Since the inception of Modern Trader, a core editorial theme has centered on the wisdom and power of crowds. Editorial emphasis has focused on companies and projects engaged in the collection and analysis of information.
Saturday, 10 December 2016
Last updated 8 hours ago
Jan 6 2009 | 3:22am ET
Months after similar restrictions in the U.S. lapsed, the British ban on short-selling financial stocks will come to an end later this month.
The U.K. Financial Services Authority rejected calls to extend the temporary restrictions, saying it will allow them to expire on Jan. 16. The regulator warned that it was extended disclosure requirements on significant short positions until June 30, and that it would reimpose a ban on short sales if such a move became necessary.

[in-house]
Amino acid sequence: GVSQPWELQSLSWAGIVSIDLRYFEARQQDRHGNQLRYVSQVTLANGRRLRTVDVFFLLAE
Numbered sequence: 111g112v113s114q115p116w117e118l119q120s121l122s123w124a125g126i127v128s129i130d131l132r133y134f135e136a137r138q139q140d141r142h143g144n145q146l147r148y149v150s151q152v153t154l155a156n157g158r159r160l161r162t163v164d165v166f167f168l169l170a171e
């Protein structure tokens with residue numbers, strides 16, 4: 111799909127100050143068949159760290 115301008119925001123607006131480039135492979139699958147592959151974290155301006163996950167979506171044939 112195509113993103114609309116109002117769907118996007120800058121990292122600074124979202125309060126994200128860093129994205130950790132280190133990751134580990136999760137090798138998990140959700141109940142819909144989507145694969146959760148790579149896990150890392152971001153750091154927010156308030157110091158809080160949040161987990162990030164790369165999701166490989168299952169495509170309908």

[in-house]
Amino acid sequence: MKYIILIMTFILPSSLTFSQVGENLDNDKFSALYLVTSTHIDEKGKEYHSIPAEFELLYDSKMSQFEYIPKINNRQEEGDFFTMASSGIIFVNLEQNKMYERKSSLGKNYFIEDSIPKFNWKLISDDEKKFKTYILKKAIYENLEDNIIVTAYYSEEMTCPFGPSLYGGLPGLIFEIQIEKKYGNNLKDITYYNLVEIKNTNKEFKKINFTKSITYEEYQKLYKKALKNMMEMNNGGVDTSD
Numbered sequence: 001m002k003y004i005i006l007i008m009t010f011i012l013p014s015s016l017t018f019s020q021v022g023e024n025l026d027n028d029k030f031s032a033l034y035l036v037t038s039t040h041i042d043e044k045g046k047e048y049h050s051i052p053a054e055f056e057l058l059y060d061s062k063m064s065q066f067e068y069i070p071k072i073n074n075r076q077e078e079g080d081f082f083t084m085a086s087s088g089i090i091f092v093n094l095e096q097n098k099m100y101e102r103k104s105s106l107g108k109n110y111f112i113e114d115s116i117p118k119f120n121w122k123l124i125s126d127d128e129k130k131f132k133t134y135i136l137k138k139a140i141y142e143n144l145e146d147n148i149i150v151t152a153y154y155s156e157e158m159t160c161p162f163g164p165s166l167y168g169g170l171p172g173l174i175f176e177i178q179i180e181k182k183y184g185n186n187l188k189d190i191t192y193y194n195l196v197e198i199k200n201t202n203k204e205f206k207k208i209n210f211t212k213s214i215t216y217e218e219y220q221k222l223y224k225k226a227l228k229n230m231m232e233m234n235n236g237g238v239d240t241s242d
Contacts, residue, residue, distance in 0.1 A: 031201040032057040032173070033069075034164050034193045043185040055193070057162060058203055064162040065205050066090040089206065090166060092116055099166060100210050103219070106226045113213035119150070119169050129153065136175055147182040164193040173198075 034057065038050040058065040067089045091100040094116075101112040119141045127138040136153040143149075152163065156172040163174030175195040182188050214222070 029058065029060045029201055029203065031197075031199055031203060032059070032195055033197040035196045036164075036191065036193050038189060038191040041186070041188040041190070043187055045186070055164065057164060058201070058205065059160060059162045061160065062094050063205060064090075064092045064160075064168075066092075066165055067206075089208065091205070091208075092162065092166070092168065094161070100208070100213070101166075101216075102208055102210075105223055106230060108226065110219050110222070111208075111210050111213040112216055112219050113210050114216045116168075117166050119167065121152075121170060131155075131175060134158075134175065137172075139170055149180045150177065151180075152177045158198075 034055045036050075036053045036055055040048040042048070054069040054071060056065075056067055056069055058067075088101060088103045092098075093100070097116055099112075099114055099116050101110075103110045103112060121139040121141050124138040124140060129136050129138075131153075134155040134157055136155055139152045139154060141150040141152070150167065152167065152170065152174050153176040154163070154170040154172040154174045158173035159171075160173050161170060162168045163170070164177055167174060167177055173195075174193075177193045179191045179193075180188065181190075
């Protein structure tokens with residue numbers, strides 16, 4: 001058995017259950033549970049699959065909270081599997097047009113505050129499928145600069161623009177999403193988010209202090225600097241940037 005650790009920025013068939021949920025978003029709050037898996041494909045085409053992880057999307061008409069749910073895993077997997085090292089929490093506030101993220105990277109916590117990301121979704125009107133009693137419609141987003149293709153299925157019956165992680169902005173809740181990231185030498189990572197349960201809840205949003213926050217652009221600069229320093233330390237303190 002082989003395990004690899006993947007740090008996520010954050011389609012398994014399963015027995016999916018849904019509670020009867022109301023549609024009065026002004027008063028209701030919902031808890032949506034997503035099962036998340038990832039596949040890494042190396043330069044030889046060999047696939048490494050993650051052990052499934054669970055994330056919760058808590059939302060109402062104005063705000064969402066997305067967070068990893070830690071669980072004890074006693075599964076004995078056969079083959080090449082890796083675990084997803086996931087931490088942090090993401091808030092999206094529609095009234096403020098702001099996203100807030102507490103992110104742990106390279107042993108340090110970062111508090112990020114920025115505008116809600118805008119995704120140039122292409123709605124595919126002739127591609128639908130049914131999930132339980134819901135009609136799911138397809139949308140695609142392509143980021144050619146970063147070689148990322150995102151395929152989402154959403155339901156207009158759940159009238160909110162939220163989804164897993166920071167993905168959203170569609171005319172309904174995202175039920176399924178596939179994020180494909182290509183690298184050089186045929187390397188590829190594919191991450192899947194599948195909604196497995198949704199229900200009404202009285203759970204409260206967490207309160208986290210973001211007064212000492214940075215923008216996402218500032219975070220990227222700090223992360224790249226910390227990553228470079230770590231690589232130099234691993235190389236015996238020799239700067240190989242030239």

The FSA instituted the ban in September in an effort to prop up financial firms. Similar moves were made by financial regulators around the world, including the U.S., which expired in October, less than a month after their implementation. The British prime minister, Gordon Brown, had at times intimated that the ban might be made permanent.
The shorting ban hit many hedge funds hard, and hedge fund managers and lobbyists have been extremely vocal in calling for the ban to end. In October, the Alternative Investment Management Association sought an early end to the restrictions, noting that financial stocks continued to lose ground despite the bar on shorting.